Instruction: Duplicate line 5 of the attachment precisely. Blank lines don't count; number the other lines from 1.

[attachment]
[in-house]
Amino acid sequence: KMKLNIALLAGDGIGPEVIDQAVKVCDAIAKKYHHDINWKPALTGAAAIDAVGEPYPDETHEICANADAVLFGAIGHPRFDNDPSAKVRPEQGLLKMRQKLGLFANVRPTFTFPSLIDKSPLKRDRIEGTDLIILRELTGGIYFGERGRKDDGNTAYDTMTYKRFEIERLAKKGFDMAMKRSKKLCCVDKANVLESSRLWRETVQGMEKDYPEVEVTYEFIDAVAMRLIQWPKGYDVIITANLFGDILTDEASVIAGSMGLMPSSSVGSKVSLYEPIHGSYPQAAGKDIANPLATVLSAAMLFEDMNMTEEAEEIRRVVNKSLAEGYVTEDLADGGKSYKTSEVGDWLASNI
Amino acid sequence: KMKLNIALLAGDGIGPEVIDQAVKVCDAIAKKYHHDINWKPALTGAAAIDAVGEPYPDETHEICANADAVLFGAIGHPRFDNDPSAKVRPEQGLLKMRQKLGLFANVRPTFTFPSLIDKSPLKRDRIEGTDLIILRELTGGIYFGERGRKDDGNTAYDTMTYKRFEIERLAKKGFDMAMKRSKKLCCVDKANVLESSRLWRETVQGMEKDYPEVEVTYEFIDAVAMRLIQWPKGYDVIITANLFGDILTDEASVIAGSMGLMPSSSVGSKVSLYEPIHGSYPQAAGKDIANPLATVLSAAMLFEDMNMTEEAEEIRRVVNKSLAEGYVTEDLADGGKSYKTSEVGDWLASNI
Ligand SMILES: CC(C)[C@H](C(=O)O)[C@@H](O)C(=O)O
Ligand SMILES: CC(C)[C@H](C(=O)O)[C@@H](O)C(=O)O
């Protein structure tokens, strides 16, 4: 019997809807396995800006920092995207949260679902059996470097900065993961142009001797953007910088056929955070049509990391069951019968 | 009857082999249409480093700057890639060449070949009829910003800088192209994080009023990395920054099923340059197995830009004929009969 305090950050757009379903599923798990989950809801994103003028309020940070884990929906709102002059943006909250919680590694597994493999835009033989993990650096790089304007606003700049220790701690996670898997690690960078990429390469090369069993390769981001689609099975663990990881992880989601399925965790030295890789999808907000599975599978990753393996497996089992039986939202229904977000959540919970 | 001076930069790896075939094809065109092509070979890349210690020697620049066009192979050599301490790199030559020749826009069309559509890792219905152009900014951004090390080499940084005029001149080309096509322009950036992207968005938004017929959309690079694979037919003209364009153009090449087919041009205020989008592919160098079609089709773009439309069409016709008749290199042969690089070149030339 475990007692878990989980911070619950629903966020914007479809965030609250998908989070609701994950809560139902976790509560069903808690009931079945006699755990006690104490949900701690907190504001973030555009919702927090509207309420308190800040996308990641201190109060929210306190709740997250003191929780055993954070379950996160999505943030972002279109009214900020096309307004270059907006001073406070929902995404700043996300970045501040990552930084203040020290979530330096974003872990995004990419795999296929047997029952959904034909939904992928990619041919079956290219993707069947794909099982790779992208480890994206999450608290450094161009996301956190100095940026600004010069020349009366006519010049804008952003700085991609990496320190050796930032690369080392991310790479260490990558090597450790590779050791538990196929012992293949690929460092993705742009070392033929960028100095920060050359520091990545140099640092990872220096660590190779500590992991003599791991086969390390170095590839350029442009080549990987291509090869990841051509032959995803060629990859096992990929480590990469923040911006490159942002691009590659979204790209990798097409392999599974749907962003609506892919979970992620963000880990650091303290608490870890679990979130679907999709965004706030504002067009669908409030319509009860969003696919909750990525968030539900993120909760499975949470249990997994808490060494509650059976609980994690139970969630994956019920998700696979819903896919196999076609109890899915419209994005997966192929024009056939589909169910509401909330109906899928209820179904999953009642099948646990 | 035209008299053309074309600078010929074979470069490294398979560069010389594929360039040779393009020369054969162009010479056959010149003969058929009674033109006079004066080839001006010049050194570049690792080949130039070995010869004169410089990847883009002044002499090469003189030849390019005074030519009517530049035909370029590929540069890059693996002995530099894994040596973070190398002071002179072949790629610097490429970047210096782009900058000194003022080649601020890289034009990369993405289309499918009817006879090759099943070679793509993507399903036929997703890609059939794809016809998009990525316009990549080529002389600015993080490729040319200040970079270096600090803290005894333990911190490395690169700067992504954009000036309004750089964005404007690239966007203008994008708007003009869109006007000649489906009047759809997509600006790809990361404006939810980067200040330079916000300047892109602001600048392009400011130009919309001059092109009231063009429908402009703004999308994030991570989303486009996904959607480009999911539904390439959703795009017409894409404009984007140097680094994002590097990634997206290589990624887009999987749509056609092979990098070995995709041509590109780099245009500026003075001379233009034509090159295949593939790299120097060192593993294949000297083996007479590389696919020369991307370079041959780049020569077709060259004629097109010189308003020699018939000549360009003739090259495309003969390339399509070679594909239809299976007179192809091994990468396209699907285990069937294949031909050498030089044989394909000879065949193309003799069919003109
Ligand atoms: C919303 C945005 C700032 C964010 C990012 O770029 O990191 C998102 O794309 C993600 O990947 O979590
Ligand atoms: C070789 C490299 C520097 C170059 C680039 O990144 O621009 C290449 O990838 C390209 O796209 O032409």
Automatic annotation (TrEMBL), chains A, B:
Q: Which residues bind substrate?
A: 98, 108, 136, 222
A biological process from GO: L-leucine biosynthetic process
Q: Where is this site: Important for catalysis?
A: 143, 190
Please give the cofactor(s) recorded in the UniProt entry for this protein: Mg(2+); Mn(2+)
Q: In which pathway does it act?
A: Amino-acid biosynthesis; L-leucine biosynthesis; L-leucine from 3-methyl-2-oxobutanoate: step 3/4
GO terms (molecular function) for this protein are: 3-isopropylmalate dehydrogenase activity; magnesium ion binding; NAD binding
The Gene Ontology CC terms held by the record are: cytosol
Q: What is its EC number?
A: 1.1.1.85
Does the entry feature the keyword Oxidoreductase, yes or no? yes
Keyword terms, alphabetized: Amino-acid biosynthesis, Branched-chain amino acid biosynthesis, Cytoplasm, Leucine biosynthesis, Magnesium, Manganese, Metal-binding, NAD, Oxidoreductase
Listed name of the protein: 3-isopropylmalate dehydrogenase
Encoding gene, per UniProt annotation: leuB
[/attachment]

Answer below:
Ligand SMILES: CC(C)[C@H](C(=O)O)[C@@H](O)C(=O)O